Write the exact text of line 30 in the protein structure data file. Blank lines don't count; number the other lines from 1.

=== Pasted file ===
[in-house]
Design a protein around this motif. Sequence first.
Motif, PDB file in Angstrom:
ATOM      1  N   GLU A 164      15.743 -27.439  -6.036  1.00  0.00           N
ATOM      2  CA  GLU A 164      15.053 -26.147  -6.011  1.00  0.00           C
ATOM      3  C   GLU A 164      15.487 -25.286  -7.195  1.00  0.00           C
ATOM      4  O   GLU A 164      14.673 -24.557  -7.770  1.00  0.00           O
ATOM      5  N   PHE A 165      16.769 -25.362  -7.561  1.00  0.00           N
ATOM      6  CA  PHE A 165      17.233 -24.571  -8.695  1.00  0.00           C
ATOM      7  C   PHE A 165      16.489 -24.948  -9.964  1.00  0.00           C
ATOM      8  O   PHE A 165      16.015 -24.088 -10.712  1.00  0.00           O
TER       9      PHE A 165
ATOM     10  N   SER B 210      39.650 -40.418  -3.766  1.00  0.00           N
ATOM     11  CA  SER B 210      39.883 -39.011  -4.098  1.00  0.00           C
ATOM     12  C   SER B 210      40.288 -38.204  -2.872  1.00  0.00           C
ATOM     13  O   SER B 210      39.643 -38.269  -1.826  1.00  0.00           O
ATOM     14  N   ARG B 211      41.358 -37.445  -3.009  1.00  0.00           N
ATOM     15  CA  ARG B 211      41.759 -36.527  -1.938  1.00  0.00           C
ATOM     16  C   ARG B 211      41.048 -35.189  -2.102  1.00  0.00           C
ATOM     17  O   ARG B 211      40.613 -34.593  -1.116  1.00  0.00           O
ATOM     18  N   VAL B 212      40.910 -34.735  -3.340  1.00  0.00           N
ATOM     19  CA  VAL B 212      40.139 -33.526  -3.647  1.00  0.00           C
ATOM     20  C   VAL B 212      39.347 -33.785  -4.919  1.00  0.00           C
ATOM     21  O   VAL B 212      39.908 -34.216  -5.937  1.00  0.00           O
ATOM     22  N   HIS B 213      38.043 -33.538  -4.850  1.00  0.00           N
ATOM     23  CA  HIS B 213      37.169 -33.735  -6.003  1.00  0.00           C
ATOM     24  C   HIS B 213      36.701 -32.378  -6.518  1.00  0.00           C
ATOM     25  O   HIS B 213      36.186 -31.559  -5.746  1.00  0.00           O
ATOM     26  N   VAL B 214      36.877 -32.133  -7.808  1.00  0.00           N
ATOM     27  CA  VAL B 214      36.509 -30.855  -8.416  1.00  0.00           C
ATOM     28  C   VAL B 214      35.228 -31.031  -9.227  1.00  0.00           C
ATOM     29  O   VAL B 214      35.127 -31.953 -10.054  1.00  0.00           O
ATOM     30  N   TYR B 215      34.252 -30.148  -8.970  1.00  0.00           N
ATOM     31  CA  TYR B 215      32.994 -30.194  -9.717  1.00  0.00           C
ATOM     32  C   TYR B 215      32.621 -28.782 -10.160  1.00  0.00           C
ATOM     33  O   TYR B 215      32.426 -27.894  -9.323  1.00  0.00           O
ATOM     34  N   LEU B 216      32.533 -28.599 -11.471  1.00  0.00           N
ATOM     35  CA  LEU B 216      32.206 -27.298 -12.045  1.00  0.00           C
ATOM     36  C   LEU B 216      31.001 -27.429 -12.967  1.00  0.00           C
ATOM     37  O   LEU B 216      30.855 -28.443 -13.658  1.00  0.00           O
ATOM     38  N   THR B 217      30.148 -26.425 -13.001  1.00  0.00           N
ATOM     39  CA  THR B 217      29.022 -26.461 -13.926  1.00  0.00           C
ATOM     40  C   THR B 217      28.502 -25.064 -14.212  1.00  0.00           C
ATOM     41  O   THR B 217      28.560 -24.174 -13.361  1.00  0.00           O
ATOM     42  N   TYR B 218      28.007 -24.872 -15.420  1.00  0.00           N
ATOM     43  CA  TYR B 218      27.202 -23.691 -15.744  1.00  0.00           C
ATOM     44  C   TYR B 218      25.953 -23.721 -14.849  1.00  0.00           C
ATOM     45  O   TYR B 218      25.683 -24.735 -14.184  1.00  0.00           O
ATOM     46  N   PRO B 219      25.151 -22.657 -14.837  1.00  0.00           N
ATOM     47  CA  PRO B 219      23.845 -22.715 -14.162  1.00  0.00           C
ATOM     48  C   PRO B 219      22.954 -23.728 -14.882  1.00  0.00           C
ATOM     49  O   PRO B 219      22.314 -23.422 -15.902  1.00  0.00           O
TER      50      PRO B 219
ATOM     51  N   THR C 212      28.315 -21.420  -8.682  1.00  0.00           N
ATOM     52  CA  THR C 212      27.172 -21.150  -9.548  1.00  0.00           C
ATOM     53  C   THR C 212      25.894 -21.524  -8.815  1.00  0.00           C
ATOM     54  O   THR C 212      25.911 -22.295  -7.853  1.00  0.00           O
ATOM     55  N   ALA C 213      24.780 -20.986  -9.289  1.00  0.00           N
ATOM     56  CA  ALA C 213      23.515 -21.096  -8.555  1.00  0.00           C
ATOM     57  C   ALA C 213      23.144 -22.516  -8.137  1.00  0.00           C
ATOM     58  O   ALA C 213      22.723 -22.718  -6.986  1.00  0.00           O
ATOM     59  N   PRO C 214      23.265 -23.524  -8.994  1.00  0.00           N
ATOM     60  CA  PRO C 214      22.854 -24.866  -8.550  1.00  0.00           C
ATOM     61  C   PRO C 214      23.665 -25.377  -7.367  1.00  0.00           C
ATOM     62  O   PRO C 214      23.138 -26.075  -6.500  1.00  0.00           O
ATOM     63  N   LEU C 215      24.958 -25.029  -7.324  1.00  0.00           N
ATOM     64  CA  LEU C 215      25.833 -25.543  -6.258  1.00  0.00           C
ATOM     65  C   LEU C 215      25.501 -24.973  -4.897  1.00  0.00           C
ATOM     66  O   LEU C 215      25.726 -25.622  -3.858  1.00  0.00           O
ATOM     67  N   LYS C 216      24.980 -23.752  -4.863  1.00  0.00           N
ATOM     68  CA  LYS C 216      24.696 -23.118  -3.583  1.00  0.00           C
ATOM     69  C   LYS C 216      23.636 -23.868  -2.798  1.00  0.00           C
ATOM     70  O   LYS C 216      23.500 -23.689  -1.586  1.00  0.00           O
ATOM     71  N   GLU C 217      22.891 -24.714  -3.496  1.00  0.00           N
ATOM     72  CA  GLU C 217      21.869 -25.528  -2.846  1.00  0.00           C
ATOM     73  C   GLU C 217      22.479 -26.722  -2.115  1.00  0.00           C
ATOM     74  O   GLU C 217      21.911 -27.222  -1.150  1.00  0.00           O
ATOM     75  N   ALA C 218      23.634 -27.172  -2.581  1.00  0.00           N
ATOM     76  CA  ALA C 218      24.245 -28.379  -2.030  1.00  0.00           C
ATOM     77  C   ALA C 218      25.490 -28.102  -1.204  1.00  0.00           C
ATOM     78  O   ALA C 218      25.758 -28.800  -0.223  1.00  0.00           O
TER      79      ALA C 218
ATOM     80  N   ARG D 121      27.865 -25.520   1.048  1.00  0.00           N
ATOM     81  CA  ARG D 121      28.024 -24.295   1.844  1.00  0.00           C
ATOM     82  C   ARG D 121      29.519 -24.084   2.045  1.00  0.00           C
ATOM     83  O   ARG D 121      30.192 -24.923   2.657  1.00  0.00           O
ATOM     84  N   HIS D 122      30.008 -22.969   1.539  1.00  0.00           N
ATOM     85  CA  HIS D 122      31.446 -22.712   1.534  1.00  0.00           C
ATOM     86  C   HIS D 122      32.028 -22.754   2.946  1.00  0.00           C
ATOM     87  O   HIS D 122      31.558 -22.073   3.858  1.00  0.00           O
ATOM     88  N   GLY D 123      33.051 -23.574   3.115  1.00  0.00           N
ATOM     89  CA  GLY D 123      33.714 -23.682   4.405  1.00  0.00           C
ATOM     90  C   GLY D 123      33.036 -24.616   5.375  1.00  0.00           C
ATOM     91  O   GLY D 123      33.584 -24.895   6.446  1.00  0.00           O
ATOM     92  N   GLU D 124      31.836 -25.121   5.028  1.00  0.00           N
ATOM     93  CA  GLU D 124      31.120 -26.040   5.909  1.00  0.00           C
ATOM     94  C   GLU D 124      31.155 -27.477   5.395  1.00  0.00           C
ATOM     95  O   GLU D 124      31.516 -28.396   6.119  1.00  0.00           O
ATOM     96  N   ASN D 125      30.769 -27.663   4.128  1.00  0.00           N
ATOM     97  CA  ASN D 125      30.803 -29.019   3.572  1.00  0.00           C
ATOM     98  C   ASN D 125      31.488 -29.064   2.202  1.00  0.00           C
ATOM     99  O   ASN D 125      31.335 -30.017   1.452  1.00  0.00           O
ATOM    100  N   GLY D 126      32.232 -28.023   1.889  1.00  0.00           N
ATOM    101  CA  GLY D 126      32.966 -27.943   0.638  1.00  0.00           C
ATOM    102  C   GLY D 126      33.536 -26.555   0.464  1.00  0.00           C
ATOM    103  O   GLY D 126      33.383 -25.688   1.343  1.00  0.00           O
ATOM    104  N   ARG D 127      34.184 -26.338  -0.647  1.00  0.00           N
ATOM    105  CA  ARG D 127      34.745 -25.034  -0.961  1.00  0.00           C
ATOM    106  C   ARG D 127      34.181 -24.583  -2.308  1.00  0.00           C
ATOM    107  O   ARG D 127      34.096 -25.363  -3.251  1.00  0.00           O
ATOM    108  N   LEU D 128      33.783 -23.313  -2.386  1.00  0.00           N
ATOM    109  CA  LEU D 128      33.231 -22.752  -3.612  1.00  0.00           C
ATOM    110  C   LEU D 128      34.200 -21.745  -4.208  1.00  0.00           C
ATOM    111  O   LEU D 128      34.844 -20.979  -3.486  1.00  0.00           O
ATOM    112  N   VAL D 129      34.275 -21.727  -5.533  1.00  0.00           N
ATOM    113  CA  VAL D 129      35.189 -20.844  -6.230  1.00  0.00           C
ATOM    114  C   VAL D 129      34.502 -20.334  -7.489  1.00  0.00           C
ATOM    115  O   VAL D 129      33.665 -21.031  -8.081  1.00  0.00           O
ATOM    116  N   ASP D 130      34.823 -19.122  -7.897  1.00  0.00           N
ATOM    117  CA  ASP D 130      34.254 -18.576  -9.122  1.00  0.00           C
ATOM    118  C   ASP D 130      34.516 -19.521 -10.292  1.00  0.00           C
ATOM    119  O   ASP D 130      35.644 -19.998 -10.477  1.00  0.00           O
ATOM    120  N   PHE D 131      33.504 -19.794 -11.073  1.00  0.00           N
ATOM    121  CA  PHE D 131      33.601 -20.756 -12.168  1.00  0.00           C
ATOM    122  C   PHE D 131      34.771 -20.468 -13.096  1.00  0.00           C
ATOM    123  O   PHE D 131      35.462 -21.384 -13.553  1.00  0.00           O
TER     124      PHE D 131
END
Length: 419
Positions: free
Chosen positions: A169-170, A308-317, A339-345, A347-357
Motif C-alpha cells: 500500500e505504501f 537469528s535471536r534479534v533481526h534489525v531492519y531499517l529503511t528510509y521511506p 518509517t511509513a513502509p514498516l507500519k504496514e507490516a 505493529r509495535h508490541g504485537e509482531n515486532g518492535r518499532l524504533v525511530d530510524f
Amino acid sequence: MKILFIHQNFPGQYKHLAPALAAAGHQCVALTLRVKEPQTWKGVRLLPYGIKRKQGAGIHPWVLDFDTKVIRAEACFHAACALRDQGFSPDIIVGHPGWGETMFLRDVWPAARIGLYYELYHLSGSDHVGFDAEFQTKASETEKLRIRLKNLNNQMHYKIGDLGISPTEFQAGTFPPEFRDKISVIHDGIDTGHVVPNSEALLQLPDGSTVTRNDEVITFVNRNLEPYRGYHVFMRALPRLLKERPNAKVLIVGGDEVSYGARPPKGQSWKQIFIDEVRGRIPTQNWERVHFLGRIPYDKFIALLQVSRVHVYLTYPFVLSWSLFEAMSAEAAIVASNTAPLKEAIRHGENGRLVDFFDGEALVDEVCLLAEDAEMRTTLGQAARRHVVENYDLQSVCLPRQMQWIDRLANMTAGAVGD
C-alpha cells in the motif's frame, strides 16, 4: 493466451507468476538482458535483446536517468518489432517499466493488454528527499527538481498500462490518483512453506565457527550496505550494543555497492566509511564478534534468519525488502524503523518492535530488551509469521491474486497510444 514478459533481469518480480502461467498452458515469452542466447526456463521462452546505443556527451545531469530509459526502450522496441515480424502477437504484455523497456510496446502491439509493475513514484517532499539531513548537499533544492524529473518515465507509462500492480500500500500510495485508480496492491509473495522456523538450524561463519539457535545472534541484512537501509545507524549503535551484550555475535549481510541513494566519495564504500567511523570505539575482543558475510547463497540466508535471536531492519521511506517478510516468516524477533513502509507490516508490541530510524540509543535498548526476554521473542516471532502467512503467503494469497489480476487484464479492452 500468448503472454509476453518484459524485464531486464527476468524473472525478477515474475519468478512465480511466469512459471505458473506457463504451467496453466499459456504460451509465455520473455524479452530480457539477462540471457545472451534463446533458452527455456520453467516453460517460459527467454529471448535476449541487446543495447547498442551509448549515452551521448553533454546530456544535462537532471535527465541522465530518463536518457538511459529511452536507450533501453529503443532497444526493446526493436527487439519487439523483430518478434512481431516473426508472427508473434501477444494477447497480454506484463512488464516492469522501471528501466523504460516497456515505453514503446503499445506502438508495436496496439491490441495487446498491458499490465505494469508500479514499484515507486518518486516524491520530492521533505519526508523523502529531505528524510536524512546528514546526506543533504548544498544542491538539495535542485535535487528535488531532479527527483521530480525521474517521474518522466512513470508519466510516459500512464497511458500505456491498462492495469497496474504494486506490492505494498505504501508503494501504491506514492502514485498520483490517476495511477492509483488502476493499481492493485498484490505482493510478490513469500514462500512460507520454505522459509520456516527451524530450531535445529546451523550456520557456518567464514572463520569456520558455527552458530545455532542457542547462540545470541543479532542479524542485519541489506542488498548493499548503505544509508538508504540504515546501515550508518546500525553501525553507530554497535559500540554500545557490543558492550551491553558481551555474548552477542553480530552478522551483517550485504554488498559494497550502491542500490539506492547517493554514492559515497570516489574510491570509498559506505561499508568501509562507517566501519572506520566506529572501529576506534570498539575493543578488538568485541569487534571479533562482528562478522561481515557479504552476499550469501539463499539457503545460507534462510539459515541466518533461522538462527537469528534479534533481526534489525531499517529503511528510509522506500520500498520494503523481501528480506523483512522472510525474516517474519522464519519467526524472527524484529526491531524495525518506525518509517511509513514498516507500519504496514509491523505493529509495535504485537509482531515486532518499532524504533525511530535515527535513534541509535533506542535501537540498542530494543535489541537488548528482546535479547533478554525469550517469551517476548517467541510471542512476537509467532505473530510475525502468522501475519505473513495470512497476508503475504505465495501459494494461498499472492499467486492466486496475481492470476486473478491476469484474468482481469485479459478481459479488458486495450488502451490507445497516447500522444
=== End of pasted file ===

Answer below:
ATOM     27  CA  VAL B 214      36.509 -30.855  -8.416  1.00  0.00           C